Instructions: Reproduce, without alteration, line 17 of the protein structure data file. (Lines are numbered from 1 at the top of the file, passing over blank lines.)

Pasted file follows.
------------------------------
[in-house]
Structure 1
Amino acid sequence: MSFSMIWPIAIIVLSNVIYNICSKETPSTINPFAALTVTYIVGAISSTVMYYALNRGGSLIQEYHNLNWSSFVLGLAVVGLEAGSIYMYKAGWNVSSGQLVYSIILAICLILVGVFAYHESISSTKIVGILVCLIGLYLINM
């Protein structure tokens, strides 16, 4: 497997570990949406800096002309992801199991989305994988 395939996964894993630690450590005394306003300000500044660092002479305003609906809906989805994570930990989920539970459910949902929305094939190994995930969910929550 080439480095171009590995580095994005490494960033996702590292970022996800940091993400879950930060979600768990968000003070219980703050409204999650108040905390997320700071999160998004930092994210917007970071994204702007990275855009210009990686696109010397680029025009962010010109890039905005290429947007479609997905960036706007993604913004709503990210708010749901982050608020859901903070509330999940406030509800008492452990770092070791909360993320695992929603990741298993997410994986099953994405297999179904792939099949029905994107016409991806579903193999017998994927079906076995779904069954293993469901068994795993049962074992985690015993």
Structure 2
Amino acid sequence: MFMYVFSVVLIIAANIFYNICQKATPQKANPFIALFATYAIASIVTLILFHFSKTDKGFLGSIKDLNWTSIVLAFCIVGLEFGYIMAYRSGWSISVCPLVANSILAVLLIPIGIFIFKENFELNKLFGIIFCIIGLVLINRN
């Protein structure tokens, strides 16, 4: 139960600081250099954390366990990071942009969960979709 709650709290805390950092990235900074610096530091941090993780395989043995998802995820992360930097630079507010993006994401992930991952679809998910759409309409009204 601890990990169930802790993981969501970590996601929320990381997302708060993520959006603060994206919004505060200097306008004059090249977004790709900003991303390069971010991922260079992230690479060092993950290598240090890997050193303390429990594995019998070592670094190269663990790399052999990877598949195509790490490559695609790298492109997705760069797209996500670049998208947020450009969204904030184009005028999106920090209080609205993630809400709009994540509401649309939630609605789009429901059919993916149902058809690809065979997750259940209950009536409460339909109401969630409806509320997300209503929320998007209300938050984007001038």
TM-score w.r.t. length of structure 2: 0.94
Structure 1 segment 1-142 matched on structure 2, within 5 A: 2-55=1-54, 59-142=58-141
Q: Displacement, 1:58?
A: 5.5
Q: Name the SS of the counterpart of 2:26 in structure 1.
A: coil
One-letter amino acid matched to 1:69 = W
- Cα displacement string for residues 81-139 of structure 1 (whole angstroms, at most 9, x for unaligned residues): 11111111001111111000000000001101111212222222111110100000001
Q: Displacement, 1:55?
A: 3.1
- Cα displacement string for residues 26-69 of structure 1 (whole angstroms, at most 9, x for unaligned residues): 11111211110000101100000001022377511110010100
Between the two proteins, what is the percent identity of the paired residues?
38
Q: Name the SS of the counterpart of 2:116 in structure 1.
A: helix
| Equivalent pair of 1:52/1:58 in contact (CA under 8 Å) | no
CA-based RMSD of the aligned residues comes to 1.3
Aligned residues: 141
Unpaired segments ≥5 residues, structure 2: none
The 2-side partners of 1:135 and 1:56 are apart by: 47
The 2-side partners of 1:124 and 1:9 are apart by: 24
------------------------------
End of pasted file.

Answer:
A: 3.1